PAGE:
17 June 2016

From too waggish to too… something else

Dear diary,

Science tells us that all humans think of solitary confinement as the second- or third-worst variety of punishment, yet God suffers for all of eternity in solitary confinement because Science bars any Deity from interacting with humankind; or if God interacts with a human, that human is then ridiculed for being mentally unstable and a liar; plus Science prohibits God from networking with more than a single soul at a time…

None of the above is true. Either that or some of it’s true. I don’t like the tone of what I wrote; as a U.S. citizen, jokiness is a constant temptation. Why did I begin by talking about God and Science? I guess it amuses me to speak of Science as if it’s a Big Person Standing in Midair Somewhere. Like another God. I know it’s not, but that’s what makes it comical to me. We humans need humor lest we realize the fruit has gone rotten. (The fruit of existence.) Would that I had the fortitude to resist attempting any sort of punchline.

If I remember right, Uranus was ousted by Kronos, and Kronos was ousted by Zeus. I like to think of Science as the most recent winner of the High God title belt. It is wrong of me to think like this, but my mind is stupid. Blame my parents for bearing me.

Why did my parents bear me? Perhaps they thought that a little baby would be cute to look at for a while. But here is what most parents fail to foresee: When children enter adolescence, the jig is up — teenage humans are not only ugly but sinister; they’re basically Hell incarnate… plus they’re whip-smart. Teens could take over the world-reins and titivate everything in less than fifteen seconds flat.

I took a part-time job at a fast food franchise when I was still in high school, because it was the only way that my parents would let me skip church: As long as I was scheduled to work a shift, they freed me from having to sit through Sunday’s sermon. Participating in the economy (to call it that) surpassed taking part in religion, because my dad loved rightwing politics, which favored laboring for tyrants, whereas my mom loved church, which favored acquiescence to superpower; plus husbands trump wives like rock beats paper. (Does rock beat paper?) I say this facetiously.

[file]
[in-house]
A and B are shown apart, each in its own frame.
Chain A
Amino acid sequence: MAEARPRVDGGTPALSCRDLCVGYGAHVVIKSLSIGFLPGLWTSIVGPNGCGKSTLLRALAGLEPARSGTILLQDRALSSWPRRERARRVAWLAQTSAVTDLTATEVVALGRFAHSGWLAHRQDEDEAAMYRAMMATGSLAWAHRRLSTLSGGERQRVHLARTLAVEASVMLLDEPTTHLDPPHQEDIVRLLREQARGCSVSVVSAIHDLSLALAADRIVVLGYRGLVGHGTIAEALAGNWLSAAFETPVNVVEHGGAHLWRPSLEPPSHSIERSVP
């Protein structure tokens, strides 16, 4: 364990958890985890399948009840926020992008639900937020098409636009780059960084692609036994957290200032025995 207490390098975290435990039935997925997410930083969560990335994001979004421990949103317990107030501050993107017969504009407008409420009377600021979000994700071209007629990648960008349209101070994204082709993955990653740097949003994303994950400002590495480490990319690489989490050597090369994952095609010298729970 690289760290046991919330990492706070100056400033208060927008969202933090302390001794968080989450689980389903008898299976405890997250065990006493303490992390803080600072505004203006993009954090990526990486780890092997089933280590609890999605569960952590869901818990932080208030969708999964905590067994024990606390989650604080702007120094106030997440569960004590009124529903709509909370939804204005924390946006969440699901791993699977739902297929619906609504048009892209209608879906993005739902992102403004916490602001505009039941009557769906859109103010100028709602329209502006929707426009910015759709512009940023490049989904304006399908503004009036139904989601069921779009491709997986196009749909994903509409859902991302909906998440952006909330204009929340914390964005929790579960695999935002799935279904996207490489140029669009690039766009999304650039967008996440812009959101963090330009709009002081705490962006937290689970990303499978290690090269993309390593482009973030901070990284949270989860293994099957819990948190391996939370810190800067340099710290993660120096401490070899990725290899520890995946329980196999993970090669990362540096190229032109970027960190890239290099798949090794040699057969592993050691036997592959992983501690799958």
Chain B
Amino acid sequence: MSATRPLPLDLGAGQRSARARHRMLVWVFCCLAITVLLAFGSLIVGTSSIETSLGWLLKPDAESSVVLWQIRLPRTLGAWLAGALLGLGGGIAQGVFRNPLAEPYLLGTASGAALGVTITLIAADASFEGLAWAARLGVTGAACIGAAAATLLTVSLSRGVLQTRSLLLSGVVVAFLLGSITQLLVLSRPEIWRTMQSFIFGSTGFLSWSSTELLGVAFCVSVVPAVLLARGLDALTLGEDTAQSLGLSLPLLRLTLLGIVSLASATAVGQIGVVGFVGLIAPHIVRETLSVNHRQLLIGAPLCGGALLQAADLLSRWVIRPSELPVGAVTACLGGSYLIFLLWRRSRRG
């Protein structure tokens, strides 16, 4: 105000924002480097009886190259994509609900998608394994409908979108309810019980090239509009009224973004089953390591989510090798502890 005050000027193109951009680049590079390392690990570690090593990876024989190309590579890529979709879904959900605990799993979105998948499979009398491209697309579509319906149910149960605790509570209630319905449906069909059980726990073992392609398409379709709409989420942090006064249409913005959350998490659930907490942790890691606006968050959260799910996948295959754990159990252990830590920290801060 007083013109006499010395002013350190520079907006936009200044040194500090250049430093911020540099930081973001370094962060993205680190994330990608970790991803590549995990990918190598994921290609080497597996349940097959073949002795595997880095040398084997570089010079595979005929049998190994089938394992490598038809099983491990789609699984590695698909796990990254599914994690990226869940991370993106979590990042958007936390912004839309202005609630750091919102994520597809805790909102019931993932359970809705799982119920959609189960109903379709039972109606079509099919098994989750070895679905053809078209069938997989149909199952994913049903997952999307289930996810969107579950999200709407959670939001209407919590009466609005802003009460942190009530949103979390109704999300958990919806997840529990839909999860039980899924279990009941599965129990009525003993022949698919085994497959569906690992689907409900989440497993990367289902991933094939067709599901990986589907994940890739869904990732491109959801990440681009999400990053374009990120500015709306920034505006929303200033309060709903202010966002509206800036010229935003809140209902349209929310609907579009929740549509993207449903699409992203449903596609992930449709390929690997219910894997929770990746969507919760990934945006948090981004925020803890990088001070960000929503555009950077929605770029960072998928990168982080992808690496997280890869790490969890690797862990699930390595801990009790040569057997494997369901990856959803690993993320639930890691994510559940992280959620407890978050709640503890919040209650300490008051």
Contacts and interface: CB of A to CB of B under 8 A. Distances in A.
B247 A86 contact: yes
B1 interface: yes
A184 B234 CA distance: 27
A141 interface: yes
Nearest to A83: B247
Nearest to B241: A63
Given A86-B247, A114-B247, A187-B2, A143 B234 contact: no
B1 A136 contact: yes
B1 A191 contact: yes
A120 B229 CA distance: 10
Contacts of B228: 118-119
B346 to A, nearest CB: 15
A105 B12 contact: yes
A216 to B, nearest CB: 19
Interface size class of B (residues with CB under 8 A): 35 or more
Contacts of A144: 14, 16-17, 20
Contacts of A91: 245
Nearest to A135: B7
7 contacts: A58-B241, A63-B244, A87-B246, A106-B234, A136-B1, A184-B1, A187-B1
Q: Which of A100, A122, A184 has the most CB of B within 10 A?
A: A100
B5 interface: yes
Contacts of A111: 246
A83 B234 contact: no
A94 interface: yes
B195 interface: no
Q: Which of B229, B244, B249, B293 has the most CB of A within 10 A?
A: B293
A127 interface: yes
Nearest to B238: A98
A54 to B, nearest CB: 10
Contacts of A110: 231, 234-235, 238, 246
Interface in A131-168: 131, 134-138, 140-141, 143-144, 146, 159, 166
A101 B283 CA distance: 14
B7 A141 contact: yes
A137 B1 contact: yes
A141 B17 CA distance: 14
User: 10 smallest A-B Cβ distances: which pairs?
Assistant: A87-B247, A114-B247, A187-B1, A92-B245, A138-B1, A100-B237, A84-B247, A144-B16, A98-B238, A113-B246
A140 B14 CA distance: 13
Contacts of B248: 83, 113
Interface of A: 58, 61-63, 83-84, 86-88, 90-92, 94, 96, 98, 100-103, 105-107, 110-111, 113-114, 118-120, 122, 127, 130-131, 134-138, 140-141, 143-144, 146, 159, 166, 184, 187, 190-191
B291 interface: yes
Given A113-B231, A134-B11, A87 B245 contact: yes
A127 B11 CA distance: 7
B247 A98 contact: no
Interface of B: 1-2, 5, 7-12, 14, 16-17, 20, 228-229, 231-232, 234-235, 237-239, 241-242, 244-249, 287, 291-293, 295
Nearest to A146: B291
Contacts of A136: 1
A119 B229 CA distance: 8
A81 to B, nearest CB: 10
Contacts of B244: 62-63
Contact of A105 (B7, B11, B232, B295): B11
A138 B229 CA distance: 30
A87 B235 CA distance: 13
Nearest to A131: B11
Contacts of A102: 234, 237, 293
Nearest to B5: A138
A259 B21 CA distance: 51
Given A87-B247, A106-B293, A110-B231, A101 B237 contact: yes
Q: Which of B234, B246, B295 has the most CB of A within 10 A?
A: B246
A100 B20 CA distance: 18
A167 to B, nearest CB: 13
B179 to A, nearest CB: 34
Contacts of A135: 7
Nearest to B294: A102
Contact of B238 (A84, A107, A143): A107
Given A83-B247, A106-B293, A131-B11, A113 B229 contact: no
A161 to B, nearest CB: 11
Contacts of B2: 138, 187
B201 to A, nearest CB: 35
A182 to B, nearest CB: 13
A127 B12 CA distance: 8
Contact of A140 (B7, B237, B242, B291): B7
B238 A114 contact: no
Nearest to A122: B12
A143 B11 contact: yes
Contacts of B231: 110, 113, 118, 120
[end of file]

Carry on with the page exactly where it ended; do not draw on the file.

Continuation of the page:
Parenting. Parroting. Parodying. I am ready for a paradigm shift.

I love where energy is headed on the grassroots level. I mean, not just in politics but everywhere. It seems that those who’ve been downtrodden for a long while are ready to rise up and become…

Is a successor’s lone option to occupy the throne of the forerunner? I wish that the game could be changed more fundamentally, to escape the leapfrog repetition.

People in the past were able to have strokes and heart attacks without knowing what these tribulations were called. They just keeled over and felt weird pain and either died or half-continued for a spell. Nowadays we label everything neatly, and our fear has more words to play with. It’s like we’ve given fear a stack of calling cards. (I intend that last phrase to denote the small paper cards bearing a person’s name and address, sent in lieu of a social visit; NOT the small plastic cards that allow their possessor to affront the innocent from any telephone booth.)

Habit is a preserver of life as well as a killer. Too much habit is a bad thing; also, not enough habit is a bad thing. Breathing is a habit that is good; and so is eating. Or am I wrong about this? Is passing the baton in a race an evil deed, ever? What if it’s the human race? Where is the authority that can tell me whether these terms are interchangeable: good and evil; god and devil?


I sense that whatever point I stumbled into making here is a rehash of something that never did garner much interest; so I wish that I could end on an alternate note. Being a one-note Charlie, however, I have no alternative; therefore allow me to quote the literary kingpin Samuel Johnson on the poet Christopher Smart, by way of Johnson’s biographer James Boswell, regarding Smart’s detention in the “mad-house”:

Before his confinement, he used for exercise to walk to the ale-house; but he was carried back again. I did not think he ought to be shut up. His infirmities were not noxious to society. He insisted on people praying with him; and I’d as lief pray with Kit Smart as any one else. Another charge was, that he did not love clean linen; and I have no passion for it.

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